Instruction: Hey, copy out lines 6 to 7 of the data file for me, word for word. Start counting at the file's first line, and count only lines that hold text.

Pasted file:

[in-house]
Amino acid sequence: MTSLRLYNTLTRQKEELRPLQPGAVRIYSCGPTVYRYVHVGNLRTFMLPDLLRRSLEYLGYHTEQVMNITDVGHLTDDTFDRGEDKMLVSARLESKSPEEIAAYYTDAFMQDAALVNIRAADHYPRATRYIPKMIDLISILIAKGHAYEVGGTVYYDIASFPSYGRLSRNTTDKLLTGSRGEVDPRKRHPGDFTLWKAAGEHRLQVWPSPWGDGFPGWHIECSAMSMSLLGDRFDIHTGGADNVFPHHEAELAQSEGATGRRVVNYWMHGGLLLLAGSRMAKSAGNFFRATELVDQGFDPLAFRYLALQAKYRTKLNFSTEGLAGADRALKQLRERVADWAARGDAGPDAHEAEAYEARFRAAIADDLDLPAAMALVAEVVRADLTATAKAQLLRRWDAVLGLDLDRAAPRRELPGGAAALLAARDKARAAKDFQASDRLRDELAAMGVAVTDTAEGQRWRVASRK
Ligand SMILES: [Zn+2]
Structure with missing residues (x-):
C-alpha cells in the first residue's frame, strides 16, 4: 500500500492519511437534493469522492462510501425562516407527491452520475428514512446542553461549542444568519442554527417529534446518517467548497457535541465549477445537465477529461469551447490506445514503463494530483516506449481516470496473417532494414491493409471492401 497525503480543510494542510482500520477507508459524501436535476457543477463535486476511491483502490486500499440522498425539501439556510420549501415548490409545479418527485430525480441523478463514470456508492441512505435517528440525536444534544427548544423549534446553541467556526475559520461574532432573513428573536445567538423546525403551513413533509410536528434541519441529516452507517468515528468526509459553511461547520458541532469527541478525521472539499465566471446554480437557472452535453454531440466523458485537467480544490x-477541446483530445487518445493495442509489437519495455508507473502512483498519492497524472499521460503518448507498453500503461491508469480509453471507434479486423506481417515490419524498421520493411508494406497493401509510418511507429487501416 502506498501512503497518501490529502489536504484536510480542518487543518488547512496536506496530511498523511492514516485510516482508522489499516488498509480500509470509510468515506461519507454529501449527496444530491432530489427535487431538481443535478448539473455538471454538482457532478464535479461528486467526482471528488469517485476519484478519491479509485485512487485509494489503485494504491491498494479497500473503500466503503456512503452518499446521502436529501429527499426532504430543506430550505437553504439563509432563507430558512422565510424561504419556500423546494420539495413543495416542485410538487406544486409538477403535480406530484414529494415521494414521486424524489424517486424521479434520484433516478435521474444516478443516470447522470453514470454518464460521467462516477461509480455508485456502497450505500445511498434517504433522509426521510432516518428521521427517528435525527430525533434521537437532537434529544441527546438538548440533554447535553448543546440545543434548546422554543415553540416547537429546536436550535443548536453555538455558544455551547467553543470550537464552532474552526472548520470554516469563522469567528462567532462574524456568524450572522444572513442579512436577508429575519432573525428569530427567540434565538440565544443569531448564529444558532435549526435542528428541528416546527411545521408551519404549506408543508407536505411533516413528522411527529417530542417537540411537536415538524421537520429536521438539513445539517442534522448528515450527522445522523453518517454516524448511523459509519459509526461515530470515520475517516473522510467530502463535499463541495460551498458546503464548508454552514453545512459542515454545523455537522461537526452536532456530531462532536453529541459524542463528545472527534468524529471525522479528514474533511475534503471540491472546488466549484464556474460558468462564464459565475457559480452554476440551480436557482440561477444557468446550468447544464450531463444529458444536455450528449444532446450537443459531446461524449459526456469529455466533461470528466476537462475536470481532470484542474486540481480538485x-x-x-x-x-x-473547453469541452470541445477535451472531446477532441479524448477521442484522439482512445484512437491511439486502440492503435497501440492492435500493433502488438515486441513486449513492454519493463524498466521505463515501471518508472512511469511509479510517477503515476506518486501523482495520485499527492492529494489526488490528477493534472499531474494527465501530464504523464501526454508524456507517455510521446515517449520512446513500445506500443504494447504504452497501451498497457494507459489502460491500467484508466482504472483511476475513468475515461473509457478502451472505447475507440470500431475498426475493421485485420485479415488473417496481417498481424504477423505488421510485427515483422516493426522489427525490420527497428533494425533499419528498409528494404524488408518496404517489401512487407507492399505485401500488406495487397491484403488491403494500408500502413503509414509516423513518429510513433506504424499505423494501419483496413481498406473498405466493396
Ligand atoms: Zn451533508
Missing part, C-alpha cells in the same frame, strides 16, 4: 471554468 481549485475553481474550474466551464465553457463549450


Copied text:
Ligand atoms: Zn451533508
Missing part, C-alpha cells in the same frame, strides 16, 4: 471554468 481549485475553481474550474466551464465553457463549450